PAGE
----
If you can, leave your climbing shoes outside after each use. 

Cool air and sunlight will help disinfect them or at least slow bacterial growth, but be aware of the extra wear and tear UV light can cause. 

Wearing socks with climbing shoes is not common practice. They can slip or roll when on an edge and generally decrease performance. 

Still, some people swear by socks with their climbing shoes. 

Next time you are at a gym or bouldering give it a try. 

While not for everybody, wearing socks with your climbing shoes will greatly reduce the progression of shoe stink.  

Absorbent Inserts

If you haven’t heard of Boot Bananas, get some!

Boot Bananas For Deodorizing Climbing Shoes
Image source: @bootbananas

They’re are a home grown company from the UK—one of the founders is a climber.

Boot Bananas are almost as cheap as making them yourself and they have convenient carry loops with a tiny carabiner to clip on packs and make them easier to remove from shoes. 

Deodorizing inserts absorb moisture which starves bacteria.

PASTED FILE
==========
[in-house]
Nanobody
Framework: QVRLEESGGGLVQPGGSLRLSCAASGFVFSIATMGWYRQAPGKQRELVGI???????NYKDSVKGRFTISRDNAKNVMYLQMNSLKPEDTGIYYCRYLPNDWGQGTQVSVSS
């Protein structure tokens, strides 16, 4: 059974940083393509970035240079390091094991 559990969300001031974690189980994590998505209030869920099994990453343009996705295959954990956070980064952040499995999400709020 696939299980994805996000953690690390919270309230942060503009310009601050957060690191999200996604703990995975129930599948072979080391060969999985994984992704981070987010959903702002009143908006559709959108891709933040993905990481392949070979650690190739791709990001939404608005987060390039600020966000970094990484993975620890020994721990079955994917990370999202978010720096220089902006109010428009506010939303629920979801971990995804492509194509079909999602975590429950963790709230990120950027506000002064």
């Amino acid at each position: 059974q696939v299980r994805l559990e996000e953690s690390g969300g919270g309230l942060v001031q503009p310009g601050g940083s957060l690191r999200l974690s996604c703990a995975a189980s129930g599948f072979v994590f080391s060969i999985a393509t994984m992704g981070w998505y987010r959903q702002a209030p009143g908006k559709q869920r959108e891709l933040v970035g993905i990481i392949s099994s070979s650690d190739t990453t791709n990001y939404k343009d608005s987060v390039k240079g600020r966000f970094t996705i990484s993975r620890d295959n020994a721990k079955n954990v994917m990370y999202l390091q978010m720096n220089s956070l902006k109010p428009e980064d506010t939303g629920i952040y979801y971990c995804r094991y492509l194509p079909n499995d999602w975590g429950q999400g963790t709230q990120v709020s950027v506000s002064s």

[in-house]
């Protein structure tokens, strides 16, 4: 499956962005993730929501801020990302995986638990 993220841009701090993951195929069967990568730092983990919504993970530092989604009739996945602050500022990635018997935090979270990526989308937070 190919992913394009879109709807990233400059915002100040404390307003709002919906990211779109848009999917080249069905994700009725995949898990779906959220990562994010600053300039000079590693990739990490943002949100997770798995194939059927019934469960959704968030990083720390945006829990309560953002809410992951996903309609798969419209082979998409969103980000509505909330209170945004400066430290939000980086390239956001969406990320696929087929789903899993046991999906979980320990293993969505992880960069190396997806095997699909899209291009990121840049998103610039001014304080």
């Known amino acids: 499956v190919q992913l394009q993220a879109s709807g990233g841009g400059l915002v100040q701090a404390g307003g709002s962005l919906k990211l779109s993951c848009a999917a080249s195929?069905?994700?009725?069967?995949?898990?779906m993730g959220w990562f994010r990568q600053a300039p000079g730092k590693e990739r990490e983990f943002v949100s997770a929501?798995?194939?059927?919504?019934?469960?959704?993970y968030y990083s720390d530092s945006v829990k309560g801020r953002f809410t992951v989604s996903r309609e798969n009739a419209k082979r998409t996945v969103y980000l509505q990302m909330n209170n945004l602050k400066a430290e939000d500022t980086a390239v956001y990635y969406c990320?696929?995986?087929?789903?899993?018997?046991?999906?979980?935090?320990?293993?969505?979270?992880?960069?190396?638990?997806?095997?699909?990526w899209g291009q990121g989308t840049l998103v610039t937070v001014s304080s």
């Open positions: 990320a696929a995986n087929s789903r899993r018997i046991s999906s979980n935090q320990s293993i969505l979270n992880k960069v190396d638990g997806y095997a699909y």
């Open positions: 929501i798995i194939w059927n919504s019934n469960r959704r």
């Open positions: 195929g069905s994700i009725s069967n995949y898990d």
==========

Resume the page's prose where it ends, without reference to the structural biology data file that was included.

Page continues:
They won’t outright kill nasty bacteria but they work to deprive it of the moisture needed for its survival. 

So if you start using them from the beginning the chance of your shoes getting smelly in the first place is greatly diminished. 

Don’t like the bright yellow bananas? There are plenty of similar options.

Try to get an insert with ‘bamboo-charcoal.’ This has superior absorption qualities to other charcoals. 

DIY Deodorizing Shoe Inserts

Want to make your own deodorizing climbing shoe inserts? 

It’s simple and inexpensive. 

Here’s what you need: 

  • 2 old nylons/dress socks/old chalk-ball-bag
  • Corn starch
  • Baking soda 
  • Lavender and/or tea tree oil 
  • Ground coffee (optional)

Directions:

  1. Get a large bowl or bucket.
  2. Add equal parts corn starch and baking soda (add a few spoons of ground coffee for scent if desired). Sprinkle in 3-5 drops of scented oil. 
  3. Mix it all together.